Original languageEnglish (US)
Pages (from-to)136-142
Number of pages7
JournalJournal of Trauma and Acute Care Surgery
Volume74
Issue number1
DOIs
StatePublished - Jan 1 2013
Externally publishedYes

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Child Abuse
Wounds and Injuries
Pediatrics
Trauma Centers
Research Ethics Committees

All Science Journal Classification (ASJC) codes

  • Surgery
  • Critical Care and Intensive Care Medicine

Cite this

Sowrey, L., Lawson, K. A., Garcia-Filion, P., Notrica, D., Tuggle, D., Eubanks, J., ... Garcia, N. M. (2013). Duodenal injuries in the very young: Child abuse? Journal of Trauma and Acute Care Surgery, 74(1), 136-142. https://doi.org/10.1097/TA.0b013e3182788cb2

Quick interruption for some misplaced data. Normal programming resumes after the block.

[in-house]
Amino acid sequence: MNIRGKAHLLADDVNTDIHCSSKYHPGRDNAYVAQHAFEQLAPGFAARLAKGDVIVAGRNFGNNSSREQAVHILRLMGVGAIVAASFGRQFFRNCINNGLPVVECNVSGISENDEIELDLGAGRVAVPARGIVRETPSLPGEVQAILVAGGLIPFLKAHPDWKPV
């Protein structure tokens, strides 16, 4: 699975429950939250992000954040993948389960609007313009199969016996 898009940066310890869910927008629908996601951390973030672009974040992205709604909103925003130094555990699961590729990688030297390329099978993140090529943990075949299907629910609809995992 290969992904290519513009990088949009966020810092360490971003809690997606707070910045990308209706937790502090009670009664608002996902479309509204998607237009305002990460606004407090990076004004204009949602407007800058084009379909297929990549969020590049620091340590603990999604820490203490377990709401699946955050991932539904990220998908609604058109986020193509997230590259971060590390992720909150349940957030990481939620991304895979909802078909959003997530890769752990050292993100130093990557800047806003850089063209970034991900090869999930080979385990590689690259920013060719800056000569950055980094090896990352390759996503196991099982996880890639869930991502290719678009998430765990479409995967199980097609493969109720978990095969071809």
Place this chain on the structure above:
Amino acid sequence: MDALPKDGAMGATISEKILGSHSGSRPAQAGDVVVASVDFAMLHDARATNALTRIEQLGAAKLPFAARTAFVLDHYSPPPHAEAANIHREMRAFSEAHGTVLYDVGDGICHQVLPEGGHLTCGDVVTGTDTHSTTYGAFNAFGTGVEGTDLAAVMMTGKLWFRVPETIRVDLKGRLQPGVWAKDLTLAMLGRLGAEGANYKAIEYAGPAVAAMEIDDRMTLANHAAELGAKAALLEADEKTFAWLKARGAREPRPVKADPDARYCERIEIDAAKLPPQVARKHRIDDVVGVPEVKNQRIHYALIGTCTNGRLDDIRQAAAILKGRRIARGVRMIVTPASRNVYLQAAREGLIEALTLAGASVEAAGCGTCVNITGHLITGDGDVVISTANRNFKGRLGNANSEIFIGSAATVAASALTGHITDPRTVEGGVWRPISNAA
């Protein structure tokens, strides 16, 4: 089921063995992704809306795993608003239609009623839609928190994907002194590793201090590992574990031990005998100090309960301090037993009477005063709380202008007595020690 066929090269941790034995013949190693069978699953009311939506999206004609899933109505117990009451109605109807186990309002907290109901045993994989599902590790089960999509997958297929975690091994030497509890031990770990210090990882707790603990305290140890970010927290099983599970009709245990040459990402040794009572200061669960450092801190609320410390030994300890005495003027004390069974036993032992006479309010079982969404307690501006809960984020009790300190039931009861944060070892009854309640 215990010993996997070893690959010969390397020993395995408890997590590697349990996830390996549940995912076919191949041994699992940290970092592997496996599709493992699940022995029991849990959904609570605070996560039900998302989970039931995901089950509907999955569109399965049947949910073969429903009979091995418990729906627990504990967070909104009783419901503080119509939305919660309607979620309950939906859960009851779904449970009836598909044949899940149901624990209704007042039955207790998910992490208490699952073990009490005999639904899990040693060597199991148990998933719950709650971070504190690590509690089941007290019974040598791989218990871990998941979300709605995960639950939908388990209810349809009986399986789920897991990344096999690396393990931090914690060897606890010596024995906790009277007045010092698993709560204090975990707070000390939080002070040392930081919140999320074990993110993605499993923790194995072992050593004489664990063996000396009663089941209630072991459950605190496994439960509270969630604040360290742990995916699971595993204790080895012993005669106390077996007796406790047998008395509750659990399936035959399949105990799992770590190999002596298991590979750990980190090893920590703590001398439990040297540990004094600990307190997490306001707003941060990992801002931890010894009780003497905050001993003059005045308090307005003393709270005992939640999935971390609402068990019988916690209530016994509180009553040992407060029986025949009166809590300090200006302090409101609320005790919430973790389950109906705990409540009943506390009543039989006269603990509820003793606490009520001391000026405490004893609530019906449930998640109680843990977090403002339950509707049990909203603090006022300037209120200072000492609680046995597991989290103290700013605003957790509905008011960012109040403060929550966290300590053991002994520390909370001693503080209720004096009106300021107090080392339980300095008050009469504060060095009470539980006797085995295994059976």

Duodenal injuries in the very young : Child abuse? / Sowrey, Lauren; Lawson, Karla A.; Garcia-Filion, Pamela; Notrica, David; Tuggle, David; Eubanks, James; Maxson, Robert Todd; Recicar, John; Megison, Stephen M.; Garcia, Nilda M.

In: Journal of Trauma and Acute Care Surgery, Vol. 74, No. 1, 01.01.2013, p. 136-142.

Research output: Contribution to journalArticle

Sowrey, L, Lawson, KA, Garcia-Filion, P, Notrica, D, Tuggle, D, Eubanks, J, Maxson, RT, Recicar, J, Megison, SM & Garcia, NM 2013, 'Duodenal injuries in the very young: Child abuse?', Journal of Trauma and Acute Care Surgery, vol. 74, no. 1, pp. 136-142. https://doi.org/10.1097/TA.0b013e3182788cb2
Sowrey, Lauren ; Lawson, Karla A. ; Garcia-Filion, Pamela ; Notrica, David ; Tuggle, David ; Eubanks, James ; Maxson, Robert Todd ; Recicar, John ; Megison, Stephen M. ; Garcia, Nilda M. / Duodenal injuries in the very young : Child abuse?. In: Journal of Trauma and Acute Care Surgery. 2013 ; Vol. 74, No. 1. pp. 136-142.